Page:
Emdashes—Modern Times Between the Lines

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About that piece in the Voice that’s been getting a lot of press: good for them for creating something so timely and buzzworthy, and I’m wholly sincere; for many years, I never missed a copy of the paper. I want it to never go out of business; I want it never to have to fire anyone for financial reasons; I want it always to be great. So when I open the paper or the Voice site and I see something I like, I’m heartened and relieved.

Unfortunately, I can’t agree with Rose Jacobs here. It’s certainly true that the PEN World Voices Festival is an excellent series; I saw how fulfilling the events were (and how hard the small staff works) when I was at PEN, and it’s an inspiring program. But Jacobs’s accounts of two previous New Yorker Festival events, both of which I also attended—John Updike and David Remnick, in 2005, and Milos Forman and David Denby, in 2006—puzzle me. Her impressions of both occasions were so unlike mine. I covered a large number of festival events in 2005, for Beatrice, and even more last year for Emdashes, and I found them extraordinarily varied in subject, format, personnel, tone, audience, mood, subject, contentiousness, and, yes, chumminess.

According to Jacobs, the Festival is “an audiovisual review of what they’ve read in The New Yorker over the past year.” I imagine the cast of characters at a given New Yorker Festival is loosely affiliated with the magazine for a reason—it’s a chance for audiences to meet not just arts and culture stars but the magazine’s own team of writers and editors like Denby, Remnick, Judith Thurman, Bob Mankoff, Sasha Frere-Jones, Alex Ross, Joan Acocella, Atul Gawande, Jeffrey Toobin, Seymour Hersh, Susan Morrison, Deborah Treisman, John Lahr, Hendrik Hertzberg, Ben Greenman, Michael Specter, Burkhard Bilger, Cressida Leyshon, Daniel Zalewski, and so on—most of whom aren’t displaying themselves monthly at B&N, by the way, unless they happen to have a book out. That doesn’t make the events a “review”; nor does it make them “predictable.”

That said, of course there’s always room for the New Yorker Festival, like any major or minor gathering of speakers and celebrities, to introduce audiences to even more new and emerging ideas, music, poetry, filmmakers, food, technology, fiction, debates, and so on. I hope Jacobs will follow up her complaint with some concrete suggestions. Below, Martin has his own response to the Voice piece. —Emily Gordon

First off, it’s nonsensical to fault the New Yorker Festival for not being the Hay Festival. Obviously, the charms provided at Hay cannot easily be reproduced anywhere within 100 miles of New York City. It is therefore impossible for The New Yorker to attain Jacobs’s ideal of quirky rusticity. Heads she wins, tails The New Yorker loses.

Similarly irrelevant is the carping about the recent Food Issue. The appearance of “cringe-inducing personal essays,” as Jacobs characterizes them, self-evidently has nothing to do with the quality of the Festival. Magazines are having a terrible time of it across the board, but no, it is wrong, wrong, for The New Yorker to cater to advertisers. I’m not the biggest defender of themed issues either, but the notion that the magazine and the festival hosted by the magazine might have something in common is not exactly news.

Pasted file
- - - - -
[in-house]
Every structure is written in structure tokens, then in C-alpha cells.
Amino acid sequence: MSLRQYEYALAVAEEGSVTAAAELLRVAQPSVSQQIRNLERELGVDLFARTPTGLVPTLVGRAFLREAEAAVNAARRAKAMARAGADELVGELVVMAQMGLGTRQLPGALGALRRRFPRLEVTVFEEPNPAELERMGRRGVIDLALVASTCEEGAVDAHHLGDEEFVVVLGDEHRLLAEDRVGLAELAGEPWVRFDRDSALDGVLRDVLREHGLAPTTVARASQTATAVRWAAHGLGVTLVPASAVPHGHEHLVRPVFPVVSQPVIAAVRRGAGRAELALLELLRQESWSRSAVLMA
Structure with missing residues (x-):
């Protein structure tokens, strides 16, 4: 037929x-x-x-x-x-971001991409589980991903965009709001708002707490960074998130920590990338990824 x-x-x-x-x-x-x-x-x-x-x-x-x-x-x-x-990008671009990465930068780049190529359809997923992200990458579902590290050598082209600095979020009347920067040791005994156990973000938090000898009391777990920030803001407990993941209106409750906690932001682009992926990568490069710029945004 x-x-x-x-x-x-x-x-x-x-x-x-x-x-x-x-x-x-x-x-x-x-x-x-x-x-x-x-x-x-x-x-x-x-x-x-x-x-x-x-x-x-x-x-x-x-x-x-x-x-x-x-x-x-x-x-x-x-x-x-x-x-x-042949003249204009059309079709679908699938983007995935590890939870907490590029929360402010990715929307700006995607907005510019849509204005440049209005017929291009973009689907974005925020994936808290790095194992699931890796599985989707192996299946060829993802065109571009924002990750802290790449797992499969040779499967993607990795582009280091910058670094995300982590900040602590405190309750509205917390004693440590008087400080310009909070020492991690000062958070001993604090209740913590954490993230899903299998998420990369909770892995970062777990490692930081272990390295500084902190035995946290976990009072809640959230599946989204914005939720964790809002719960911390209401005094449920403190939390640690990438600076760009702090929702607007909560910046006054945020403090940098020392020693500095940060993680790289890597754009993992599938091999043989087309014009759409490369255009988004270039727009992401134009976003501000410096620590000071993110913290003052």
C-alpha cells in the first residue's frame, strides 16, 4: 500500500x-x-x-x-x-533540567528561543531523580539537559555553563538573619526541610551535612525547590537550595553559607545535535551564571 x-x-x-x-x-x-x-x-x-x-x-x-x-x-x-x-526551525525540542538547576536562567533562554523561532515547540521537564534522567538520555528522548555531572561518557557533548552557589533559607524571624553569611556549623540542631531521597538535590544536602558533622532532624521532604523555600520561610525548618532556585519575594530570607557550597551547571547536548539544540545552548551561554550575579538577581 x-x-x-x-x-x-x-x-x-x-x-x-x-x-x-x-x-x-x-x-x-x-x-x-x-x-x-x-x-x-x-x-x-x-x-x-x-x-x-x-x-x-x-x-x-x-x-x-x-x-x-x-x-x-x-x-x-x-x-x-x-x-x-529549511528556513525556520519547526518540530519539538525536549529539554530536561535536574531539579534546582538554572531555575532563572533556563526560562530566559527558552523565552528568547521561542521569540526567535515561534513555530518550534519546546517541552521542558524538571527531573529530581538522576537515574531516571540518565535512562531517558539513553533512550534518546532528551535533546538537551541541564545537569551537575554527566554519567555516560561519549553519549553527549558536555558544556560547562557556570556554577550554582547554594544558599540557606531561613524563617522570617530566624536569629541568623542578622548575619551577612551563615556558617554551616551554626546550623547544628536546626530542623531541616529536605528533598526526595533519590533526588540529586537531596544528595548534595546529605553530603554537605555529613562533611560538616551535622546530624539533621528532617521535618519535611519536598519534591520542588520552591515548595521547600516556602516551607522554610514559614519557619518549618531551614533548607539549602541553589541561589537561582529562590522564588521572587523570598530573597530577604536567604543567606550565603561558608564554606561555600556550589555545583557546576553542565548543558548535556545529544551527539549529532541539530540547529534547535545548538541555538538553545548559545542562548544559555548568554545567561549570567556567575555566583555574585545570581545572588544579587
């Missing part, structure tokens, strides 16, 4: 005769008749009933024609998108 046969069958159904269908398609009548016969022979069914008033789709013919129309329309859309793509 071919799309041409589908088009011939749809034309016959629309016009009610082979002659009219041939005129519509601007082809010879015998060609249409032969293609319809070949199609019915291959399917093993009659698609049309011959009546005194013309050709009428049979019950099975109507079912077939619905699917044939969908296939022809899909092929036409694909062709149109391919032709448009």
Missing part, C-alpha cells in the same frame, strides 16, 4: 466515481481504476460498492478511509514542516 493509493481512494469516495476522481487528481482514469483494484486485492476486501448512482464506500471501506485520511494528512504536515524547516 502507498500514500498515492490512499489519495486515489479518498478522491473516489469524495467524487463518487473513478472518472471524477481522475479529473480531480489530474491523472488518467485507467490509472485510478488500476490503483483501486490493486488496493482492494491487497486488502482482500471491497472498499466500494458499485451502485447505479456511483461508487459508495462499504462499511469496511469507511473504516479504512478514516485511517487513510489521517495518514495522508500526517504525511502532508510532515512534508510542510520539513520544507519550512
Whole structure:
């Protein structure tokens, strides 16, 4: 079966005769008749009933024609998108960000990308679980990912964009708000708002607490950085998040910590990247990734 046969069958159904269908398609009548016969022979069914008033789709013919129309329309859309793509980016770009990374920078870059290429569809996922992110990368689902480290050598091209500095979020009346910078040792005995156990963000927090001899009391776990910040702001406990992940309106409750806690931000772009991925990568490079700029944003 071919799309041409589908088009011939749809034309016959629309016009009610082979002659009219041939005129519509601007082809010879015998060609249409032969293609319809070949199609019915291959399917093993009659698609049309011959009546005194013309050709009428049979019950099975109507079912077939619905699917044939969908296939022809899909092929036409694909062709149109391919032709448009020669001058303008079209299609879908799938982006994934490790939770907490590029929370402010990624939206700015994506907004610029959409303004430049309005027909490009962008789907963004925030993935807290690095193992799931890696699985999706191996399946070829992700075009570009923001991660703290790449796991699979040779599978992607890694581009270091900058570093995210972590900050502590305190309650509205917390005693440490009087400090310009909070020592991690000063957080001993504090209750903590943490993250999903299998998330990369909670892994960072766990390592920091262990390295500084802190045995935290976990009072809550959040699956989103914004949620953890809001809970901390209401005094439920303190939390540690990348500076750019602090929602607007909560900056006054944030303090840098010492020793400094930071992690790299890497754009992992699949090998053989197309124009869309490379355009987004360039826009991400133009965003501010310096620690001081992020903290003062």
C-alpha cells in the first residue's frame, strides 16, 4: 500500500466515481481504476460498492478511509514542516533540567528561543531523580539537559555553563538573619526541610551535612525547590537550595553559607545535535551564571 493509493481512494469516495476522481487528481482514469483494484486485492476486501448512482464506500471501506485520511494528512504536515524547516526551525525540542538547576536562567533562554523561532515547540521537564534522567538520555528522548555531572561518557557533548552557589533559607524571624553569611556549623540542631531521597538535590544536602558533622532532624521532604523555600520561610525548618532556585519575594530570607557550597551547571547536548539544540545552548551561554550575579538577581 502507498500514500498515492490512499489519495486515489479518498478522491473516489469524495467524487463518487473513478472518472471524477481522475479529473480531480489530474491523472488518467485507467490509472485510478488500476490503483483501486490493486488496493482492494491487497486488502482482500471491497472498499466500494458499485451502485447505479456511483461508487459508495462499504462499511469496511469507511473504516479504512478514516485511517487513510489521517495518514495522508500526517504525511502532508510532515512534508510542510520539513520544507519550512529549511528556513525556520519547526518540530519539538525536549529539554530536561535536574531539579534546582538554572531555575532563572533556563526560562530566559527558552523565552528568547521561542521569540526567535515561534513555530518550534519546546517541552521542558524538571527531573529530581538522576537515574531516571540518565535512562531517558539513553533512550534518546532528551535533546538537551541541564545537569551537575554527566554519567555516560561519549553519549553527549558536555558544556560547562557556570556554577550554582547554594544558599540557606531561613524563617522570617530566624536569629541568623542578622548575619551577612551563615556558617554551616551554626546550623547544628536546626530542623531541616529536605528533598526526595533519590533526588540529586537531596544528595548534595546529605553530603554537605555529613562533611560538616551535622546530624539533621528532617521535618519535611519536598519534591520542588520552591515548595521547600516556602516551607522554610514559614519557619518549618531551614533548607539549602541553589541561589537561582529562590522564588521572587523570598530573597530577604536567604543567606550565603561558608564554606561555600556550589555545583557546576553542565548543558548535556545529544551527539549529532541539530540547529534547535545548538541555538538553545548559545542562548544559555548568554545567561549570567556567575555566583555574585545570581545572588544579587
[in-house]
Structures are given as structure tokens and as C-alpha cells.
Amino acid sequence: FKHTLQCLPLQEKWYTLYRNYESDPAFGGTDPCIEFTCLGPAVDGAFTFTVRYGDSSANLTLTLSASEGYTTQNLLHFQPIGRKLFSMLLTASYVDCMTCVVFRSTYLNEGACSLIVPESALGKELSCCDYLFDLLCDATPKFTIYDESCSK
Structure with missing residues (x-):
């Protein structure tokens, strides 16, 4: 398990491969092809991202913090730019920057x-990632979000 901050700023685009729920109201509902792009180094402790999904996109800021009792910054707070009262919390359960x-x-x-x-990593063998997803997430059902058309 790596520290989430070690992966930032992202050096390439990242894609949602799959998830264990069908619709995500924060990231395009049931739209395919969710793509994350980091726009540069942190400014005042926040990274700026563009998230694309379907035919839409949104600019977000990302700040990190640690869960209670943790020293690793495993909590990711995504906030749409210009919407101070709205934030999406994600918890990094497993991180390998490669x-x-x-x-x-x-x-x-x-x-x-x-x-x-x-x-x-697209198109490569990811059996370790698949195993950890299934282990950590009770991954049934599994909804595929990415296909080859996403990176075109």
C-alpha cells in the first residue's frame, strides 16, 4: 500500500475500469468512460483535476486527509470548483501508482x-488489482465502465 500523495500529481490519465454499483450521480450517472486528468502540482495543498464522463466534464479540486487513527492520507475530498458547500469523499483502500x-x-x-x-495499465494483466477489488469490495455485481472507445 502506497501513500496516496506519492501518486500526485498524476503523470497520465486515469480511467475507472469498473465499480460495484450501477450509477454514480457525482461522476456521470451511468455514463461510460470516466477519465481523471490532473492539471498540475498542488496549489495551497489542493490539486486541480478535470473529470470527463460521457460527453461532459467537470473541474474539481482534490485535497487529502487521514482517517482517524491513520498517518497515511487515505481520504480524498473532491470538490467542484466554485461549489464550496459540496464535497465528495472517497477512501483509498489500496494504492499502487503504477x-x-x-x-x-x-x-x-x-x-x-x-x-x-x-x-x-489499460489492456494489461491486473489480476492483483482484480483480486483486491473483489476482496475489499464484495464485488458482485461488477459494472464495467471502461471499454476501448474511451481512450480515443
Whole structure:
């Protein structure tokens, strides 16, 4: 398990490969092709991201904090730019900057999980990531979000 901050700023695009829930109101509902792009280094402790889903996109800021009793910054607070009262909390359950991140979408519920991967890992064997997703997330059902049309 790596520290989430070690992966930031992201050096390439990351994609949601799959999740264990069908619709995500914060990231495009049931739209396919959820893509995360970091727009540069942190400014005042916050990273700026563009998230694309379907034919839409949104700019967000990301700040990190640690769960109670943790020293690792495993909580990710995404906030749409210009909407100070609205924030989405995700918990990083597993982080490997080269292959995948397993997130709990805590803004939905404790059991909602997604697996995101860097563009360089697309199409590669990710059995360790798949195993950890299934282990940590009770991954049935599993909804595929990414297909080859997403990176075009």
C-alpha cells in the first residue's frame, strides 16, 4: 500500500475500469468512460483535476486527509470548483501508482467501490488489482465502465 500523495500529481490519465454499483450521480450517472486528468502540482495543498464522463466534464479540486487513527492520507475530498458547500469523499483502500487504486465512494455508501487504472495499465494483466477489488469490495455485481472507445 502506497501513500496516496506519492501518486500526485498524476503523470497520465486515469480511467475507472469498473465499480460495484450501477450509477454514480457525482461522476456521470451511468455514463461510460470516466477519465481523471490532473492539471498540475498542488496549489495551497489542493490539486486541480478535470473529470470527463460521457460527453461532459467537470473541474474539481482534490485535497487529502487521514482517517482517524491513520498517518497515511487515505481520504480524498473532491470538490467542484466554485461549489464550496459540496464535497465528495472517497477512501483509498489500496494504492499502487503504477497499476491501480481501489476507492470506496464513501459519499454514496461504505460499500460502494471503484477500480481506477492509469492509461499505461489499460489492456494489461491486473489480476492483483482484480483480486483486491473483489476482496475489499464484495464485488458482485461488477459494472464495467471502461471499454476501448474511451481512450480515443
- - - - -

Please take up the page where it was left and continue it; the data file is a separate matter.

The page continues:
In any case, anything can be slammed. Jacobs twits the festival for presenting such middle-of-the-road fare as The Kite Runner and Borat. Is the inclusion of Borat compelling evidence that the festival is unwilling to offend the sensibilities of NPR listeners? I don’t see how. Similarly, she reels off some of the fascinating writers who will appear at this year’s New Yorker Festival—and admits that the list is alluring—only to attack the festival for not importing enough obscure writers from the European continent. (I notice that Hay is wholly exempt from criticism that it features highly visible literary luminaries like Martin Amis and Richard Dawkins. Oh, I see, its patrons are “lumpy” and “enthusiastic”! My mistake.)

It’s foolish to characterize any festival that includes Jhumpa Lahiri, Daniel Alarcón, and Orhan Pamuk as parochial. Are the festival’s options truly so circumscribed by the year-round existence of fine readings at Barnes & Noble, not to mention McNally Robinson, 192 Books, Three Lives, and so on? Another writer might equally well point to such overlap as community-building. Again, Jacobs has arbitrarily imposed a scale of criteria by which the festival cannot possibly succeed.

One last point. Let’s say you’re inclined to agree with Jacobs’s argument that the festival is too “self-congratulatory.” Even so, it’s striking how little evidence she marshals; she quotes zero snotty or smug remarks by actual attendees or participants. There’s no proof here, aside from a single long line and a general feeling that two past events weren’t stimulating enough. Instead, she’s content to tell the story of her train trip with a nicotine-mad Martin Amis and take ad hominem potshots at David Denby. The Voice can do better than this. So often, it has done better than this. —Martin Schneider


Not that I agree with the Voice article, but since when is “self-congratulatory” bad? Congratulations where congratulations are due, I mean? I’ve always been puzzled by people who think nobody but a third party is allowed to have a good opinion of oneself. That’s some kind of self-castrating impulse, born of puritanism. Live and let live, Rose! Self-congratulate and let self-congratulate, if necessary!

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